The best children’s books on bereavement and loss

Who am I?

I’ve illustrated and written over 50 children’s picture books and now teach the subject of writing and illustration for all stages up to University level. I’m particularly interested when a student presents a challenging theme a publisher might balk at on commercial grounds: we have plenty of books about pirates, fairies, dinosaurs, and monsters under the bed, but relatively few on the important lessons that life can throw at a child. Race, abuse, depression, or disability (with which I have personal experience) are subjects rarely seen in book stores and can be difficult starting points for a successful children’s book. But the restrictions themselves can often be the source of great creativity.    


I wrote...

The Cat, the Dog, Little Red, the Exploding Eggs, the Wolf, and Grandma's Wardrobe

By Diane Fox, Christyan Fox,

Book cover of The Cat, the Dog, Little Red, the Exploding Eggs, the Wolf, and Grandma's Wardrobe

What is my book about?

If you think you know the tale of Little Red Riding Hood, think again! Cat is trying to read the much-loved classic children’s fairy tale to Dog – parents will sympathise with Cat as she suffers question after question from inquisitive Dog. Minimal words and pictures combine to create a powerfully funny book, with two new delightful, engaging, and appealing characters in a perfect debut. The humour is very funny throughout… the simplicity of the drawings, the meta-fiction element, and laugh-aloud dialogue will delight six-year-olds and upwards.

This book was chosen by Julia Eccleshare as one of “the best of 2014” in The Guardian in December 2014.

The books I picked & why

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Where are you Lydie?

By Emma Poore,

Book cover of Where are you Lydie?

Why this book?

This is a book by one of my students, and it’s the reason I first began to notice that bereavement was an important subject for children – who might experience the death of pets, grandparents, parents, or even siblings – but one in which publishers see little commercial potential. Obviously, publishers are reluctant to print a bedtime story that ends on a downbeat note, but a children’s book can often be the best way to introduce a difficult subject or concept that starts a conversation.


Dogger

By Shirley Hughes,

Book cover of Dogger

Why this book?

Neither Dogger nor Shirley Hughes will need much introduction to lovers of children’s picture books… it’s a well-established classic by one of the world’s best-known author/illustrators. Dogger isn’t specifically about bereavement, it’s about the broader subject of ‘loss’ – in this case, of a toy – which can be a great place to start a conversation with a child and explore the wider concept of loss in a less direct or traumatic way.


The Snowman

By Raymond Briggs,

Book cover of The Snowman

Why this book?

The Snowman needs no introduction. And it also deals with bereavement in a more oblique way: the boy’s snowman melts in the final image of the final page, essentially dying. But the boy doesn’t feel the loss of an inanimate object, he feels the pain and loss of losing a friend with whom he’s shared games and adventures. The wordless narrative also allows parents to supply their own dialogue, or let the reader ask questions of their own.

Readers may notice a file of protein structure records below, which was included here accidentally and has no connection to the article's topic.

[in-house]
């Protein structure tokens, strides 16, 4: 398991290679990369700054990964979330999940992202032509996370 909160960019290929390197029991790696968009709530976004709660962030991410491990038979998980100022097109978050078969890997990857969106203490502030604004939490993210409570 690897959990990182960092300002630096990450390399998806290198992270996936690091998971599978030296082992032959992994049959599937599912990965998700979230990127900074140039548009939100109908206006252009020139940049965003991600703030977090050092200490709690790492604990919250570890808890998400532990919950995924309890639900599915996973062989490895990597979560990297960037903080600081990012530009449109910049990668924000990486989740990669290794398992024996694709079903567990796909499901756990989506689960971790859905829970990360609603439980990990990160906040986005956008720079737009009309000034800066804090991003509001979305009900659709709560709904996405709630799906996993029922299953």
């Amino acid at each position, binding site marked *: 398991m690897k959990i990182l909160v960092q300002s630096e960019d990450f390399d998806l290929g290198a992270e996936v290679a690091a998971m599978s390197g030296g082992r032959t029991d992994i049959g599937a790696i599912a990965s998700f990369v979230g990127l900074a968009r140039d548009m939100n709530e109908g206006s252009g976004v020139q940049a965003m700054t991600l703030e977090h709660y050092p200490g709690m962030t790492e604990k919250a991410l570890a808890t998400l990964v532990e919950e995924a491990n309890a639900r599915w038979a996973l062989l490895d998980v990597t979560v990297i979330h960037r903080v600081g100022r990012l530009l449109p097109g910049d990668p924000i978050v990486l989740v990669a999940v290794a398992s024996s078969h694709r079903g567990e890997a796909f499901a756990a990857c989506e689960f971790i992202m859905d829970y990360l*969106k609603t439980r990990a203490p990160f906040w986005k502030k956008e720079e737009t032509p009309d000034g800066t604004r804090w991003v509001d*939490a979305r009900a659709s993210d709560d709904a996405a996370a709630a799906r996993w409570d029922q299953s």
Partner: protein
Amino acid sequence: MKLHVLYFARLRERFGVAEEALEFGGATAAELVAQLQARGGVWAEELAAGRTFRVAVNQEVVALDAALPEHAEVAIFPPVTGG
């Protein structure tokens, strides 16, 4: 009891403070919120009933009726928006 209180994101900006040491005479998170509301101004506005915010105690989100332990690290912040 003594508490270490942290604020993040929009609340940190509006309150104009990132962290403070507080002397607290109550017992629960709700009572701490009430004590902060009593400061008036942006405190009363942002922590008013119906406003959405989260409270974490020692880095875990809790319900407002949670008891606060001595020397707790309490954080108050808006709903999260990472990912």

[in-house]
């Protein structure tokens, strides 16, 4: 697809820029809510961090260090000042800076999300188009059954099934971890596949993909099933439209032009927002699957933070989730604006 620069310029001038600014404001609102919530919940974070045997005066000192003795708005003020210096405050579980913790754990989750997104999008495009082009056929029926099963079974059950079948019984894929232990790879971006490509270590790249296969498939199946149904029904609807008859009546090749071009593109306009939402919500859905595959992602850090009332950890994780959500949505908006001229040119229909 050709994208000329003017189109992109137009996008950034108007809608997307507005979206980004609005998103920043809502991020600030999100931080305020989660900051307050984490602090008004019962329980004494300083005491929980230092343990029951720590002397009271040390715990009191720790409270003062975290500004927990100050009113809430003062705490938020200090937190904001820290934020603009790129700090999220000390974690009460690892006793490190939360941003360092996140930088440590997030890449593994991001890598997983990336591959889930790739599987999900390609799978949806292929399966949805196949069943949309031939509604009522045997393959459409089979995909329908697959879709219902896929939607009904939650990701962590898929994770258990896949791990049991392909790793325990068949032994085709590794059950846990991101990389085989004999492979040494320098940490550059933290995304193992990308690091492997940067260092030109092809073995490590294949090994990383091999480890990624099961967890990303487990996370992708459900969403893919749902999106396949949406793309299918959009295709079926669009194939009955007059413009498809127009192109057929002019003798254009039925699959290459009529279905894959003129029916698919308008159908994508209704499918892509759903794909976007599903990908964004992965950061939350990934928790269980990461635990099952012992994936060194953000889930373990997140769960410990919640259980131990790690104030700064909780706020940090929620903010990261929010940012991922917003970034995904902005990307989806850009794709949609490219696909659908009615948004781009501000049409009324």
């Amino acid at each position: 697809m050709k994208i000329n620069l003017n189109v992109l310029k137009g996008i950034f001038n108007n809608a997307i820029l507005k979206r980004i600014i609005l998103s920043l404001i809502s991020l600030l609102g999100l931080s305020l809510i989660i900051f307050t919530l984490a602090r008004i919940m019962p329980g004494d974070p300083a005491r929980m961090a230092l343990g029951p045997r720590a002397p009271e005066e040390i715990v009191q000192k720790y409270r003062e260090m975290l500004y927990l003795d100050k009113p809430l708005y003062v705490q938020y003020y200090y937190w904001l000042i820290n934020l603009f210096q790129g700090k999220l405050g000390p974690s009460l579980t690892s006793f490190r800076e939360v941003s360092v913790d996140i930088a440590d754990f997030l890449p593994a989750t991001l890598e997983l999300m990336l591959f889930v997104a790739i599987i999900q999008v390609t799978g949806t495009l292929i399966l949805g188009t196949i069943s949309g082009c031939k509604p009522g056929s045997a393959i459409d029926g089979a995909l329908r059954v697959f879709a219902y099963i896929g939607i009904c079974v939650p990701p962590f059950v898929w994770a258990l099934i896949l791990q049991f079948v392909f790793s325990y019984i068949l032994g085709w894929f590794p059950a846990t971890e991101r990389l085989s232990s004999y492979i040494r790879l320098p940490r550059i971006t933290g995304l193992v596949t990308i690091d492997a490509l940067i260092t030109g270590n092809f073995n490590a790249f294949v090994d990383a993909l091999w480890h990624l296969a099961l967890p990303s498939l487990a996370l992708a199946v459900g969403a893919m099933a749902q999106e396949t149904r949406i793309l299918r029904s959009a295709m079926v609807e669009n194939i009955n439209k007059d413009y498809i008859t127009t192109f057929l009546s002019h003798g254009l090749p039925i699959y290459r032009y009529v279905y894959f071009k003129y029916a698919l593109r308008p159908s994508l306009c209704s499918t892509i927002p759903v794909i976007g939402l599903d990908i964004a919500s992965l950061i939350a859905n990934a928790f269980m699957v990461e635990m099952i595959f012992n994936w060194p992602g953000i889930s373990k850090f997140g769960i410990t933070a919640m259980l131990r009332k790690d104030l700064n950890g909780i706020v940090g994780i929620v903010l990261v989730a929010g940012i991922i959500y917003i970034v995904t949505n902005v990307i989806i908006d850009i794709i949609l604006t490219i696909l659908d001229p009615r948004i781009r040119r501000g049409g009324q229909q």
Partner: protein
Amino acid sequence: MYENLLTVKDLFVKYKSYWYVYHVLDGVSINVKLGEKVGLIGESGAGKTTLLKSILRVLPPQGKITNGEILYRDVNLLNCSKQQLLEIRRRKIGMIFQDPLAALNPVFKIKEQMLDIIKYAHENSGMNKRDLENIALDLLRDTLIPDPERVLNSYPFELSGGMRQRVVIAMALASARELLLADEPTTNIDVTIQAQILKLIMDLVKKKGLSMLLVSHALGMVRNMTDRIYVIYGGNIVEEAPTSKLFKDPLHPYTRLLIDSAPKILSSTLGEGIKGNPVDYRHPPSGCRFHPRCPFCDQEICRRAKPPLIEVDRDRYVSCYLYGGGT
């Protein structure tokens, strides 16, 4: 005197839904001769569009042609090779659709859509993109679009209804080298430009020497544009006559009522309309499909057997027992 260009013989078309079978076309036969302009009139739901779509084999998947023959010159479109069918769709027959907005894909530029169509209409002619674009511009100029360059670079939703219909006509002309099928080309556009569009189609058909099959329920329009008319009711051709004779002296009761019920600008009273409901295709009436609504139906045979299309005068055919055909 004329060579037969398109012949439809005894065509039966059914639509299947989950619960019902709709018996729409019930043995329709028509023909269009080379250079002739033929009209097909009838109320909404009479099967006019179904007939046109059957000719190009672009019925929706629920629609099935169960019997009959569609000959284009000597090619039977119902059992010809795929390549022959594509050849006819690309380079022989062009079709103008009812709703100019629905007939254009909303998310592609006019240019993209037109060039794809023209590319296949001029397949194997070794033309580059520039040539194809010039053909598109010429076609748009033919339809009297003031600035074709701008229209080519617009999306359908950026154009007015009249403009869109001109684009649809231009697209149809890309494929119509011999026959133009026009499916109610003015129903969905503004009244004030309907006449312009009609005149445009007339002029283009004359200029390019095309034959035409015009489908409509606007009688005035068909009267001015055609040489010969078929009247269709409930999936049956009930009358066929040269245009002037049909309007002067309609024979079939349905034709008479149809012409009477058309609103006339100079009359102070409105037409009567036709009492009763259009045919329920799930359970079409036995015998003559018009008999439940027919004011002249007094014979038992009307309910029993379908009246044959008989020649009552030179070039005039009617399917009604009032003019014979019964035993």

Grandad's Island

By Benji Davies,

Book cover of Grandad's Island

Why this book?

I’m in two minds about this recommendation: on the one hand, it’s one of the few commercially successful books that deals with the loss of a grandparent head-on, while managing to do it in a vibrant, rich book that a child reader is likely to enjoy and request again and again. Benji Davies’ beautiful, detailed illustrations are a visual delight and hit exactly the right note for the subject matter. My reservations come in the fact that the ending seems fudged and confusing: did Grandad actually die? Did he retire to an island? Or did he go to whatever version of ‘Heaven’ your particular (secular or non-secular) beliefs allow? It certainly encourages questions.  


The Heart and the Bottle

By Oliver Jeffers,

Book cover of The Heart and the Bottle

Why this book?

Quite simply the best book on the subject of bereavement I’ve encountered, and it manages that rare trick of appealing to children and adults in equal measure. It’s poignant without cloying sycophancy. It’s humorous without being asinine. It’s respectful of its subject matter without being overly reverential. Interestingly it bypasses the publisher’s reluctance to end on a sad or downbeat note by dealing with the bereavement at the mid-point, allowing equal space in the narrative to move on to the subject of the healing process, without treating it glibly. The icing on the cake is that it’s also beautifully illustrated and written. A classic and one of Jeffers’ best books.


5 book lists we think you will like!

Interested in grief, toys, and loss?

5,309 authors have recommended their favorite books and what they love about them. Browse their picks for the best books about grief, toys, and loss.

Grief Explore 53 books about grief
Toys Explore 20 books about toys
Loss Explore 39 books about loss

And, 3 books we think you will enjoy!

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